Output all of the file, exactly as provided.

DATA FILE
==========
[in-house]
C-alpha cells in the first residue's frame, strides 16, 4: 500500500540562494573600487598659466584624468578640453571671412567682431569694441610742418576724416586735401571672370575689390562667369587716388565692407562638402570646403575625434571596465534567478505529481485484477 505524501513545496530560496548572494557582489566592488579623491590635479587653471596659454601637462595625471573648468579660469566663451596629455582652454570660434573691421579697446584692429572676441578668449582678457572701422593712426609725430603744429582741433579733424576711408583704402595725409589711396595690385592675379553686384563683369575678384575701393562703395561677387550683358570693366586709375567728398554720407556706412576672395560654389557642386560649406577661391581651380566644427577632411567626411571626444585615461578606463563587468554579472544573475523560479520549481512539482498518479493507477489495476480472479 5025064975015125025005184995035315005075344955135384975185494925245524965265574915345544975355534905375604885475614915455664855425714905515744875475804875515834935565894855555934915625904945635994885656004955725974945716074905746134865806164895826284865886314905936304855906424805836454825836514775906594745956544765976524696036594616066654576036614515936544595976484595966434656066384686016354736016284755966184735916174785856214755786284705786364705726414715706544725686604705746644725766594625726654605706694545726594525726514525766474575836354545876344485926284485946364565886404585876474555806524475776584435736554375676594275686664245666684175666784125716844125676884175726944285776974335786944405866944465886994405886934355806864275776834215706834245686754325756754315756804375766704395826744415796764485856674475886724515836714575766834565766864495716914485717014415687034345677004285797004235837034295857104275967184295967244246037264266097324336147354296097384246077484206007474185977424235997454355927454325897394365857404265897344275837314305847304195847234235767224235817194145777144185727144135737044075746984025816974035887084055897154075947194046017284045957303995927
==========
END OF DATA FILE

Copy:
[in-house]
C-alpha cells in the first residue's frame, strides 16, 4: 500500500540562494573600487598659466584624468578640453571671412567682431569694441610742418576724416586735401571672370575689390562667369587716388565692407562638402570646403575625434571596465534567478505529481485484477 505524501513545496530560496548572494557582489566592488579623491590635479587653471596659454601637462595625471573648468579660469566663451596629455582652454570660434573691421579697446584692429572676441578668449582678457572701422593712426609725430603744429582741433579733424576711408583704402595725409589711396595690385592675379553686384563683369575678384575701393562703395561677387550683358570693366586709375567728398554720407556706412576672395560654389557642386560649406577661391581651380566644427577632411567626411571626444585615461578606463563587468554579472544573475523560479520549481512539482498518479493507477489495476480472479 5025064975015125025005184995035315005075344955135384975185494925245524965265574915345544975355534905375604885475614915455664855425714905515744875475804875515834935565894855555934915625904945635994885656004955725974945716074905746134865806164895826284865886314905936304855906424805836454825836514775906594745956544765976524696036594616066654576036614515936544595976484595966434656066384686016354736016284755966184735916174785856214755786284705786364705726414715706544725686604705746644725766594625726654605706694545726594525726514525766474575836354545876344485926284485946364565886404585876474555806524475776584435736554375676594275686664245666684175666784125716844125676884175726944285776974335786944405866944465886994405886934355806864275776834215706834245686754325756754315756804375766704395826744415796764485856674475886724515836714575766834565766864495716914485717014415687034345677004285797004235837034295857104275967184295967244246037264266097324336147354296097384246077484206007474185977424235997454355927454325897394365857404265897344275837314305847304195847234235767224235817194145777144185727144135737044075746984025816974035887084055897154075947194046017284045957303995927